It may be time to reorganize, but are you ready?

John O'Connor
John O'Connor

By any standard, these are disruptive times for long-term care operators. Virtually every aspect of delivering care, complying with mandates and being reimbursed is undergoing change.

Small wonder so many operators are debating whether it's time to reorganize. For when they work, reorgs are great. They improve performance, unlock new value and improve the bottom line. Unfortunately, they generally don't work, two authors are suggesting.

A new book by Stephen Heidari-Robinson and Suzanne Haywood cites the top reasons for failure, based on a survey of more than 1,800 executives:

•  Employees actively resist the changes

•  Inadequate resources – including people time and money – are put against the effort

•  Productivity suffers as employees become distracted from their usual routines

•  Leaders actively fight the changes

•  Despite organizational chart changes, people keep working as before

•  The reorg causes workers to leave

•  Unexpected developments disrupt implementation

Does that mean your reorg is destined to fail? Hardly. But as they point out in “Reorg, how to get it right,” you will need to develop a process to make the change effective. As they note in their report, “How you go about your reorg is as important as – and sometimes more important than – what you do.”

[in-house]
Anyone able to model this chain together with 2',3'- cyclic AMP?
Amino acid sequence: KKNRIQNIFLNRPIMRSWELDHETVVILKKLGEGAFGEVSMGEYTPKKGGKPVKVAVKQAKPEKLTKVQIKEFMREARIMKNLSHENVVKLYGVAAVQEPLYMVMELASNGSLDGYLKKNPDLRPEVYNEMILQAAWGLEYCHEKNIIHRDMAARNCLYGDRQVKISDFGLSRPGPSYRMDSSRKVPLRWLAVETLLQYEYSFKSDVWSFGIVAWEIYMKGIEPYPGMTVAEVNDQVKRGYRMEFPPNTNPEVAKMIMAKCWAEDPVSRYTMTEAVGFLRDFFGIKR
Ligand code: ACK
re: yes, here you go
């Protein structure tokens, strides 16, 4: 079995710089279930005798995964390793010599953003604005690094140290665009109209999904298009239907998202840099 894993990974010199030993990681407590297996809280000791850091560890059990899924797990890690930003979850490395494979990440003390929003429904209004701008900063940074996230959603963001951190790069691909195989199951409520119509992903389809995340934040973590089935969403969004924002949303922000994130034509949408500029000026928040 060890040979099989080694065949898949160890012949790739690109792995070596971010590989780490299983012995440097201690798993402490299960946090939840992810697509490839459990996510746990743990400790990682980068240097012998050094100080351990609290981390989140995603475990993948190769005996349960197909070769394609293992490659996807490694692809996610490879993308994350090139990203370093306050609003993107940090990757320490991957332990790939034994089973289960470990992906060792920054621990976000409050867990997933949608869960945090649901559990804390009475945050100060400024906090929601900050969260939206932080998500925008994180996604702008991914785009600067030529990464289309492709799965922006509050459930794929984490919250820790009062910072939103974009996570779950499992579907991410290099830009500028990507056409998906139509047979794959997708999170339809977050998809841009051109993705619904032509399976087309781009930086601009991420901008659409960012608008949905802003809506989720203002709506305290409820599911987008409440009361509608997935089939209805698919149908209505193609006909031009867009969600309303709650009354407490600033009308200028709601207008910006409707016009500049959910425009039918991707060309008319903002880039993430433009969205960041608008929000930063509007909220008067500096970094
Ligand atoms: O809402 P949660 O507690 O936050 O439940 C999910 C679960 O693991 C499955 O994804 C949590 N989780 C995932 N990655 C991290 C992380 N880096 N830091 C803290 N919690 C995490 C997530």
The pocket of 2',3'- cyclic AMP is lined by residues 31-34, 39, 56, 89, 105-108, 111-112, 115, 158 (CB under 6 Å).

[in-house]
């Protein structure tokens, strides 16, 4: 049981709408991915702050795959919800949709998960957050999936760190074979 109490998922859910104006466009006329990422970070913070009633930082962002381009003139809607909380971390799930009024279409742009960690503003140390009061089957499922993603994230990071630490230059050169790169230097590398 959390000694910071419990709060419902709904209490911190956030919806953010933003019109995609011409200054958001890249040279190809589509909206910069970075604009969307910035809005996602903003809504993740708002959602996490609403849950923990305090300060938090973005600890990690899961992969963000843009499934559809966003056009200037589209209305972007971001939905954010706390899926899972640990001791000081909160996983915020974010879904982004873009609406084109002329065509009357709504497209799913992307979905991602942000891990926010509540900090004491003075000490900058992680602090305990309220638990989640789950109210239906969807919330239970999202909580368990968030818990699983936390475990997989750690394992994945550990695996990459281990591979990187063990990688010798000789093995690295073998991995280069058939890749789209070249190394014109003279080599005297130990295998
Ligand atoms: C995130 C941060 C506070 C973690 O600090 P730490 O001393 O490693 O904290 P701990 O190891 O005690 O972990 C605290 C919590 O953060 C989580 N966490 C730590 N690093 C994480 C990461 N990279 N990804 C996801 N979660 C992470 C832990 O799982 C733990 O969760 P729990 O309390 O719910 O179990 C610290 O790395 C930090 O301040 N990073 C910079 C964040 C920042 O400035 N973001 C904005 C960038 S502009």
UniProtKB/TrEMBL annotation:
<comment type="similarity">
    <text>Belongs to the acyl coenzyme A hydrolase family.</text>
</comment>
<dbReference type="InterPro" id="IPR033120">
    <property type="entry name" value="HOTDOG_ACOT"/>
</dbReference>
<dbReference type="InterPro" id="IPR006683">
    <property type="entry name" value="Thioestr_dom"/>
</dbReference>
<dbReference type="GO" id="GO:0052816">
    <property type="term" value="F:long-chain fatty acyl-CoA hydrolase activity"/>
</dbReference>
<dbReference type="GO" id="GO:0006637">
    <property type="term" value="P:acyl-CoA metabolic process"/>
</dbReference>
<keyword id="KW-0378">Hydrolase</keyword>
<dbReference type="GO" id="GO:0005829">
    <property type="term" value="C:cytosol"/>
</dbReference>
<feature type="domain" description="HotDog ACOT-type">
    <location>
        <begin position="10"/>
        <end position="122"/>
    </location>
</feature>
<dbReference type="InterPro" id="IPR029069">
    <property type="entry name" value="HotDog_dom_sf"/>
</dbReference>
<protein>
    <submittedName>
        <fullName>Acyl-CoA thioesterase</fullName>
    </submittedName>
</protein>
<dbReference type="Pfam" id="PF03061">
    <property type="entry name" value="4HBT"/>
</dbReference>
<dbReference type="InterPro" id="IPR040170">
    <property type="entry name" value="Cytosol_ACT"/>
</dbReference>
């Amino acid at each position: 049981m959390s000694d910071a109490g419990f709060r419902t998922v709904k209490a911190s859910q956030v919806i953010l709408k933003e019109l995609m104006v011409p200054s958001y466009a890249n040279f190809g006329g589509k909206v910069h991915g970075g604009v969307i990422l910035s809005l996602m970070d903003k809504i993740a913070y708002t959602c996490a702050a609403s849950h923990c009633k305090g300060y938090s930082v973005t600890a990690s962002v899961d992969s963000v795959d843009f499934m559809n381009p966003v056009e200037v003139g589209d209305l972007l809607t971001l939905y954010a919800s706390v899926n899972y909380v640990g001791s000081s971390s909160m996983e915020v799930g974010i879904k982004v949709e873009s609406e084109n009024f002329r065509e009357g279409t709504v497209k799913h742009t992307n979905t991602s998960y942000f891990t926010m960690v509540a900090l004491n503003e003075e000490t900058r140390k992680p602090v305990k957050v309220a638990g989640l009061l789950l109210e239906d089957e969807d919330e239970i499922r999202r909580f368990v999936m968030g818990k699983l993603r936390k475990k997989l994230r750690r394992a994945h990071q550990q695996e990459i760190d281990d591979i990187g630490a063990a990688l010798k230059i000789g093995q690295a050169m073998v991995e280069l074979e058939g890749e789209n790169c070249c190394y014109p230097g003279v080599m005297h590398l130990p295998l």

While helping more than 25 companies execute reorgs, they developed a five-step approach for success. They are:

1.  Develop a profit-and-loss statement. It's essential to define the benefits, costs and delivery time frame.

2.  Understand current weaknesses and strengths. A good place to start is interviews with senior executives. But an electronic survey may allow you to capture a wider range of perspectives.

3.  Consider multiple options. Depending on where things stand, you may want to change the entire organization, or merely target what's broken.

4.  Get the plumbing and wiring right. This is usually the most challenging part of a reorg. It requires that you know all the elements that need to change, and carry out those fixes in the right order.

5.  Launch, learn and course correct. It's the rare plan that works perfectly from the beginning. Problems will almost certainly occur. When they do, openly debate solutions and put fixes in place as quickly as possible.

It can be tempting to trust your gut when making a large-scale change to your organization. It also can be dangerous, the experts point out. Better to put a rigorous process in place if you want more actively involved employees while capturing more value. 

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McKnight's Daily Editors' Notes features commentary on the latest in long-term care news and issues. Entries are written by Editorial Director John O'Connor, Editor James M. Berklan, Senior Editor Elizabeth Newman and Staff Writer Emily Mongan.

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